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Wednesday, 23 October 2013 00:00

Franklin mayoral candidates offer contrasting styles

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Franklin’s mayoral candidates are offering voters distinctly different visions of leadership as they square off for the town’s top political position.

Sissy Pattillo, who is completing her second term as a town alderman, used the word “collaboration” at least four times while answering questions during a recent forum sponsored by the Macon County League of Women Voters.

 

“We are at a crossroads where we can go one way or another. Collaboration is the key,” said Pattillo.

Bob Scott, her opponent, has served 10 years on the Franklin Board of Alderman and touts his leadership experience like graduating from the FBI’s National Academy, attaining the rank of captain in the National Guard and U.S. Army Reserve, and even being past president of the local chamber of commerce.

“Leaders are made, not born,” he said. 

While touting his desire to listen to all sides of an issue and the need to bring people to the table, Scott also said leadership is not a popularity contest.

“Sometimes, leaders find they have to be out there all alone,” he said.

Pattillo’s three main areas of emphasis are Franklin’s Main Street Program, the condition of the town’s streets and sidewalks, and economic development.

She is currently treasurer of the Main Street program’s board. She said the Main Street district in Franklin is one of the state’s largest because the board wanted to include the entire downtown Franklin commercial district and not just Main Street.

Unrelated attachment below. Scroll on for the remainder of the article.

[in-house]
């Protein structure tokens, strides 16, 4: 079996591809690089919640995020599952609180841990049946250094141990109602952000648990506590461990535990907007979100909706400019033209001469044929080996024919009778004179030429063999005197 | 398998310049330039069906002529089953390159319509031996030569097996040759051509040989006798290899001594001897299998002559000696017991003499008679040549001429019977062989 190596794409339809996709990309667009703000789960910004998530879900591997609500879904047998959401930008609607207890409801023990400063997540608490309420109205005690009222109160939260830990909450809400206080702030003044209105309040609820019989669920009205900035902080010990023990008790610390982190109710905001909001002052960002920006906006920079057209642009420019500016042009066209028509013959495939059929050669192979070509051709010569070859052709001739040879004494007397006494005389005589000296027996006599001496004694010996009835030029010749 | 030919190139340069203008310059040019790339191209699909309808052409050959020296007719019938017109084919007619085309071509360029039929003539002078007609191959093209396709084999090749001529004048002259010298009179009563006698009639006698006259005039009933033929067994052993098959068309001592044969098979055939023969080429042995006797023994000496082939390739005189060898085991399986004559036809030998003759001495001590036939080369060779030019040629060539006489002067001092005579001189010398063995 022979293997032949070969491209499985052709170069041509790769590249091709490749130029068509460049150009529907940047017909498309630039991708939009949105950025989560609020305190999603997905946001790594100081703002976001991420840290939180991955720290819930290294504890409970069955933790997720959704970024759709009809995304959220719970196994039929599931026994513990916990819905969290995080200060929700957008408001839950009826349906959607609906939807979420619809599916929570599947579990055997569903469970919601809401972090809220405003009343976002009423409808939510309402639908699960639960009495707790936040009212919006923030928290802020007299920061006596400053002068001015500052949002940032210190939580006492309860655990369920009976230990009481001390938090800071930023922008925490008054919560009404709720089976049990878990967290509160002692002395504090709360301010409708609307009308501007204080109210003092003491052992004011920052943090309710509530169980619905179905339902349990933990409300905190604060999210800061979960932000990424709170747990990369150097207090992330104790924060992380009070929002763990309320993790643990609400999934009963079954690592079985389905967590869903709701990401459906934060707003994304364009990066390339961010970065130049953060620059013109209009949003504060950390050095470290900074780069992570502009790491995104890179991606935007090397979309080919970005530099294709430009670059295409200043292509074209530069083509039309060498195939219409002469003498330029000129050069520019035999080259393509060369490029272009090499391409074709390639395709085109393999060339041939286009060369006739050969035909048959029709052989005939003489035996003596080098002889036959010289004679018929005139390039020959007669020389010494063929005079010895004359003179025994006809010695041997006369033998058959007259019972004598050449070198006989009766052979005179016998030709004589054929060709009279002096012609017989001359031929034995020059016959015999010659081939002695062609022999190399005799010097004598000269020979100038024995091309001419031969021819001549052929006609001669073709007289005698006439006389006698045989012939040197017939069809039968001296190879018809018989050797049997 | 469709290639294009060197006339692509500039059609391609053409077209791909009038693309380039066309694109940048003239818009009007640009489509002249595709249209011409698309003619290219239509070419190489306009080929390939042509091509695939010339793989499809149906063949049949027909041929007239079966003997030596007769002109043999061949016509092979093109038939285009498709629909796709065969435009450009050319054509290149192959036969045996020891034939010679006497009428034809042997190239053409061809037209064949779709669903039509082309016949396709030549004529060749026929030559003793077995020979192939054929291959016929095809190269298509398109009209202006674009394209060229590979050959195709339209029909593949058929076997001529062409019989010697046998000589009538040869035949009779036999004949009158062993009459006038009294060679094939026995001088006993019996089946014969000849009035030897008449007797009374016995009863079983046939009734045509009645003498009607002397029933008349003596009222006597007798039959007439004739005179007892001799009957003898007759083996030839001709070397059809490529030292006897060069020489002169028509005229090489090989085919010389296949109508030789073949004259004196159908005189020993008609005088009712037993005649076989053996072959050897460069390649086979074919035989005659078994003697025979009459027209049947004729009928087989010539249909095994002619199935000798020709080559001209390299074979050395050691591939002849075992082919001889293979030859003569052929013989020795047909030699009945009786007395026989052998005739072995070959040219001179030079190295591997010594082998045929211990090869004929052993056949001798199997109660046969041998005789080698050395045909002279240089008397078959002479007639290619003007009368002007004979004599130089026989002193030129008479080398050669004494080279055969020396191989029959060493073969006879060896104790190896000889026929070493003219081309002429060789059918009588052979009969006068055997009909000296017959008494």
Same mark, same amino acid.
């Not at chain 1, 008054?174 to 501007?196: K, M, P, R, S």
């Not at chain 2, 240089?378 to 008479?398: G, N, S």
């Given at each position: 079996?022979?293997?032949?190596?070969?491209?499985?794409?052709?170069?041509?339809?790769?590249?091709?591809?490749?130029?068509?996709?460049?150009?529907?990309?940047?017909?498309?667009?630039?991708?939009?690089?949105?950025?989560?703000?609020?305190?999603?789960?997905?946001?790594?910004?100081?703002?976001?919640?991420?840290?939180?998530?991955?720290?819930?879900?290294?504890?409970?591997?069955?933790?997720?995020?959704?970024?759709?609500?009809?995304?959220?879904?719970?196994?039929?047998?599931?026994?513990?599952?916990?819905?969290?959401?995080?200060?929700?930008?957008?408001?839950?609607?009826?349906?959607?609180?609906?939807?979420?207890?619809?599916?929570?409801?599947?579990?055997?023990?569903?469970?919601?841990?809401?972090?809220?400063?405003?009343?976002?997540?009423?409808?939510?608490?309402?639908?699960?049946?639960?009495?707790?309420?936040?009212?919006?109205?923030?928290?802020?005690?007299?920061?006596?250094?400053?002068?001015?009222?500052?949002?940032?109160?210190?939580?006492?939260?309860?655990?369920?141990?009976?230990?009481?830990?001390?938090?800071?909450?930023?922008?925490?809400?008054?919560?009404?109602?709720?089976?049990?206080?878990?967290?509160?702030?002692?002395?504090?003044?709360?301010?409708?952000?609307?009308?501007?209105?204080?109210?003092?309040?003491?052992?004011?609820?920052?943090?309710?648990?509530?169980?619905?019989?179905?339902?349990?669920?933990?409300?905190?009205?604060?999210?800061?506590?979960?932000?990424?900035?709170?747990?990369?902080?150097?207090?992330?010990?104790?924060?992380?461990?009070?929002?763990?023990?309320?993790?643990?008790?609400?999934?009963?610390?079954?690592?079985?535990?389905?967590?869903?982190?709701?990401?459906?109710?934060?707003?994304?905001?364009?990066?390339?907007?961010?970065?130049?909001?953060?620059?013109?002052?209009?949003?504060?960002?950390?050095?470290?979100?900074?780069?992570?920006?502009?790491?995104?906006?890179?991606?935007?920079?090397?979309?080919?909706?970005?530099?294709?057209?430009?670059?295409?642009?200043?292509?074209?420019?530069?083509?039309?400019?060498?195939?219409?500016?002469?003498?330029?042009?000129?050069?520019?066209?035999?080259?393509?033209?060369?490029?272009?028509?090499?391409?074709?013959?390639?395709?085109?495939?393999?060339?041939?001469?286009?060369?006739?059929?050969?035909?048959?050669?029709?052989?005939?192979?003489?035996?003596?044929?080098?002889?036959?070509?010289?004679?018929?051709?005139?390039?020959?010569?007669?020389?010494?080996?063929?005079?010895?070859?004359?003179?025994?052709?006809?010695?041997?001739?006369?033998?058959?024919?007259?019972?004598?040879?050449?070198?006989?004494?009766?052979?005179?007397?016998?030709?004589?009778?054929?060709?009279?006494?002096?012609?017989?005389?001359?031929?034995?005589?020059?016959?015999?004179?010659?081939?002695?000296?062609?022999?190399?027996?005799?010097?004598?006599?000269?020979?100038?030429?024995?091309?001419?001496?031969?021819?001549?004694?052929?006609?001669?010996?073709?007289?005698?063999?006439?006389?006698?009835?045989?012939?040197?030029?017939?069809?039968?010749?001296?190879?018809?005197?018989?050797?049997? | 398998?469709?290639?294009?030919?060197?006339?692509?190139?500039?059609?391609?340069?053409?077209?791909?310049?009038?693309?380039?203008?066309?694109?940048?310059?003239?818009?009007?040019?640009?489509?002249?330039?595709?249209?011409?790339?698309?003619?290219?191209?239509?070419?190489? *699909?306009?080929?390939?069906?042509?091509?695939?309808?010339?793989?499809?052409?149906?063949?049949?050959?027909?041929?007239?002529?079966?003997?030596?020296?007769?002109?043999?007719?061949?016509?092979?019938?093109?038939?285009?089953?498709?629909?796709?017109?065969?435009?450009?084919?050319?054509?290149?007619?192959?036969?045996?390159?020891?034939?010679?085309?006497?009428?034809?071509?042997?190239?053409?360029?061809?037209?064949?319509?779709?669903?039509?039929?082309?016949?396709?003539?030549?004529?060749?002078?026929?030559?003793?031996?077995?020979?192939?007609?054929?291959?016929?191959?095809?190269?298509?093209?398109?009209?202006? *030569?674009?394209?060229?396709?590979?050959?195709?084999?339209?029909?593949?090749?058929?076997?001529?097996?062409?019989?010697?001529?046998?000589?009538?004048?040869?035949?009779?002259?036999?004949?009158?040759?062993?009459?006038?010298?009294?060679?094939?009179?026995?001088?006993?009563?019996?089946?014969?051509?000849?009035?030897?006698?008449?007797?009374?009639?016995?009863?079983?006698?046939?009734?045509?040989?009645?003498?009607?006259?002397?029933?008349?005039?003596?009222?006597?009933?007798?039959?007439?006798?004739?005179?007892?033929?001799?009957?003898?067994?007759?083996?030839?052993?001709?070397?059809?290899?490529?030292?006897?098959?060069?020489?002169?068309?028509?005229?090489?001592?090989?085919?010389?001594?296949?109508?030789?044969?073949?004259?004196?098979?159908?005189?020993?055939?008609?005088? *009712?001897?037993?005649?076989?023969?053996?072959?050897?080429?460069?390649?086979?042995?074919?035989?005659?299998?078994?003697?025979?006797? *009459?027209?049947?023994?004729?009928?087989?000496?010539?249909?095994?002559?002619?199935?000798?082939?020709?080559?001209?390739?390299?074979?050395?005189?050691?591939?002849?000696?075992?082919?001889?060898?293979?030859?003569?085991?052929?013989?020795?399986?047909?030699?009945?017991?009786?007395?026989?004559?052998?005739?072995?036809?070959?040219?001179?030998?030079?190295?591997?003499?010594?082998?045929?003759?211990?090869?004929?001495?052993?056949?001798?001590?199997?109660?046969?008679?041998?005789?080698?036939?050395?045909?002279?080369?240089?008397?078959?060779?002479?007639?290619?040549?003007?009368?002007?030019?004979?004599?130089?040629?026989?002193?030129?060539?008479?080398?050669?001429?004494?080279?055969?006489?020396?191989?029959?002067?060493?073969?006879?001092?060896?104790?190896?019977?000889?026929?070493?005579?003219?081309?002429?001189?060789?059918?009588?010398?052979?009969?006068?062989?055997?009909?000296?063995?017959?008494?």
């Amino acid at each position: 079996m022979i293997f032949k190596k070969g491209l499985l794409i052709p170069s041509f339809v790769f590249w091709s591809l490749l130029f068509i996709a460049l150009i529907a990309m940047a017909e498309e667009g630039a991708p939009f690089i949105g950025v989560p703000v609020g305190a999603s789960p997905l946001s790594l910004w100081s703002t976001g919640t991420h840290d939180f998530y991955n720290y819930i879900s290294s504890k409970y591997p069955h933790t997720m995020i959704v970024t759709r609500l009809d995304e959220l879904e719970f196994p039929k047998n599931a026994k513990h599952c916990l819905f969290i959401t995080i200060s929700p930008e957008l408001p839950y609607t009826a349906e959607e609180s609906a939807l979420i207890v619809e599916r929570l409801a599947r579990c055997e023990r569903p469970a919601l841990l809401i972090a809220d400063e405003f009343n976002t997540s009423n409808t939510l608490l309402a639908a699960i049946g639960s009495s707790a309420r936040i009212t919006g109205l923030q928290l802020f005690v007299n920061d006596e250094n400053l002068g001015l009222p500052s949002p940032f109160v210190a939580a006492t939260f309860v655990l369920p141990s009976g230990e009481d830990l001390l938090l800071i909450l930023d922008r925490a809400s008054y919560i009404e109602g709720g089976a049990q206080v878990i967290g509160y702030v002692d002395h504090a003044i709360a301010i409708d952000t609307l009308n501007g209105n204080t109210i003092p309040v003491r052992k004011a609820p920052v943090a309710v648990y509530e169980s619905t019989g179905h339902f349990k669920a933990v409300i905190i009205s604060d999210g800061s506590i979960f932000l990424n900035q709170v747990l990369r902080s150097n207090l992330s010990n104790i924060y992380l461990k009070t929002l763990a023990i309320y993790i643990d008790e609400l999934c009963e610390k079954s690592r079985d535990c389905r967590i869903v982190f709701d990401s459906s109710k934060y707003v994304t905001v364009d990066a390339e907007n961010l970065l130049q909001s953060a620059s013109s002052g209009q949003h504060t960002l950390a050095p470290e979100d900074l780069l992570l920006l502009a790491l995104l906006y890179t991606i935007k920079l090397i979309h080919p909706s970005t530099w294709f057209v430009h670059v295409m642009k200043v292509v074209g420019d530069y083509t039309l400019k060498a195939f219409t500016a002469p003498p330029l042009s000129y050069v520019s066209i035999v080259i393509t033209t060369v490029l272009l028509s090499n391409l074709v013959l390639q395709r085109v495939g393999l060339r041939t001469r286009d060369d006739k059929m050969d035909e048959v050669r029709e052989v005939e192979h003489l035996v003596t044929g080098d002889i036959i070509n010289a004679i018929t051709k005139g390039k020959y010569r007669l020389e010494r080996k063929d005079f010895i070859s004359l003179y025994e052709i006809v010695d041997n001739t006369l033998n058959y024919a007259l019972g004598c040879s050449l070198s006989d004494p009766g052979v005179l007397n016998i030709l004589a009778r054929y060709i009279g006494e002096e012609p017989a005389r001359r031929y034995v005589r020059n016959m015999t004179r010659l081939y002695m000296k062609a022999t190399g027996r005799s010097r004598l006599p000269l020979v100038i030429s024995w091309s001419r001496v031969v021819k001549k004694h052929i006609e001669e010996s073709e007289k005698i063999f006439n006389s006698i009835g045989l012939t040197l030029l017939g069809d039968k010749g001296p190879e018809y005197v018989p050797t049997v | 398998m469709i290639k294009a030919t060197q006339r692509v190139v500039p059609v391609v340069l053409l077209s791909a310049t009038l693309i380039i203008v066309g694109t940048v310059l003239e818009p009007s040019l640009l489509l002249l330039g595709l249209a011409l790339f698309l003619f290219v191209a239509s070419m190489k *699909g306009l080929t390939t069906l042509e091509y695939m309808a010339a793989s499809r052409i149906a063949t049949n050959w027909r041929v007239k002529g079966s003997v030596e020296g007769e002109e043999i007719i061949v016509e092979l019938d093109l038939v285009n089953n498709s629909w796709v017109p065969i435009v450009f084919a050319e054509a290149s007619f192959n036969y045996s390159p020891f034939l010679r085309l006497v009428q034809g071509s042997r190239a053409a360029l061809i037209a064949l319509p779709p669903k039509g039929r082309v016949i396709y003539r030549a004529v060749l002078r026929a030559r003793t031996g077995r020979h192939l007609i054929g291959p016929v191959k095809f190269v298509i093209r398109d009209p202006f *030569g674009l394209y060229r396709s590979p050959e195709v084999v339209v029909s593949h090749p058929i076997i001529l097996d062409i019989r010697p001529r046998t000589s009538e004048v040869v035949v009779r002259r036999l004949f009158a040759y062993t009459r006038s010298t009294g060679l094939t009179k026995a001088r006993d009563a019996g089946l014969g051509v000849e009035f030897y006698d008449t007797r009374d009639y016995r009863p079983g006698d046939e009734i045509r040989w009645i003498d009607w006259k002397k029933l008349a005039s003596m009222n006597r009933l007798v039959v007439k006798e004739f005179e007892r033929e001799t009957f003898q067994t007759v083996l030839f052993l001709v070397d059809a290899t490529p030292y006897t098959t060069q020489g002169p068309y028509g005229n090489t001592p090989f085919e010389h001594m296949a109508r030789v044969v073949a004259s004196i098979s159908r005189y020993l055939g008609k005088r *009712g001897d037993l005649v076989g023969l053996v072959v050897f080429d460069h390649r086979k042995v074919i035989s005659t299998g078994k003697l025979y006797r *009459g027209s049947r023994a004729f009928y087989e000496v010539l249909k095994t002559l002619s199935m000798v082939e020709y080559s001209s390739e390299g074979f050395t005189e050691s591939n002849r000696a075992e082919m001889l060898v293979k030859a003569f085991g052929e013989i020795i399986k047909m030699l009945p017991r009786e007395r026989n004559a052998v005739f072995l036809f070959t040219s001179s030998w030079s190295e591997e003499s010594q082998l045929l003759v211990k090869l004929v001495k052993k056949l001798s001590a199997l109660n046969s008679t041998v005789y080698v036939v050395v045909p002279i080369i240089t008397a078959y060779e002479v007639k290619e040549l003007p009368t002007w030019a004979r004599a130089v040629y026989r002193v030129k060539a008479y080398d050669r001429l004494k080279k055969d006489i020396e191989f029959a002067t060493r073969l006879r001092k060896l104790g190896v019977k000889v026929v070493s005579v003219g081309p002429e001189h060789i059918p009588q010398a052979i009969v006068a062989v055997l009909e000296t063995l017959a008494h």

Doing more to enhance the town’s Main Street program will take cooperation, which has not always been there.

“I feel all programs should be working together. Our Main Street program, we have invited others to join. Whether it’s Venture Local, the chamber of commerce, whomever, we need to sit down at the same table and work out our differences,” Patillo said.

Scott proposed holding monthly meetings to listen to business and property owners who may not be town residents but could have important input into town affairs and economic development.

“I want to keep town government open. I will listen, and one night a month will open town hall to business owners and others who don’t live in town. I can’t give you a vote, but you will have a voice,” he said.

Another of Pattillo’s key concerns is making a “significant impact” with the $150,000 the town spends each year on streets and sidewalks.

“All our streets and sidewalks are ranked according to repair needs,” she said. 

Scott also listed infrastructure as important for Franklin, but he said keeping town government open and welcoming new, different ideas is a key part of his vision for Franklin.

“I support diversity and open government and don’t want anyone to feel intimidated about speaking out about our government,” he said.

Scott also said he wants to town to release the minutes of closed session meetings once the need to keep those minutes secret has passed.

Both said economic development is important to Franklin, and the business community should have a voice in leading the town.

 

Sissy Pattillo is a Franklin native, a retired teacher and has served two terms as a Franklin alderman. She listed what she says are the main differences between her and opponent Bob Scott:

• “I look at all sides of the issue before making a decision.”

• “I believe in becoming involved for the good of the town, and when I start a project, I will see it through.”

• “Most of all, I am a team player.”

Bob Scott has served 10 years on the Franklin Town Board, is a former journalist and law enforcement officer, and has been past president of several civic groups, including the Franklin Chamber of Commerce and the Franklin Rotary Club. He listed what he says arre the main differences between him and opponent Sissy Pattillo.

• “The primary differences are leadership skills, proven experience in handling major projects and dealing with emergencies. I am the type of leader who wants to embrace new ideas, listen to criticism and maintain open government. My voting record reflects the will of the voters because I listen to everyone before casting my ballot.”

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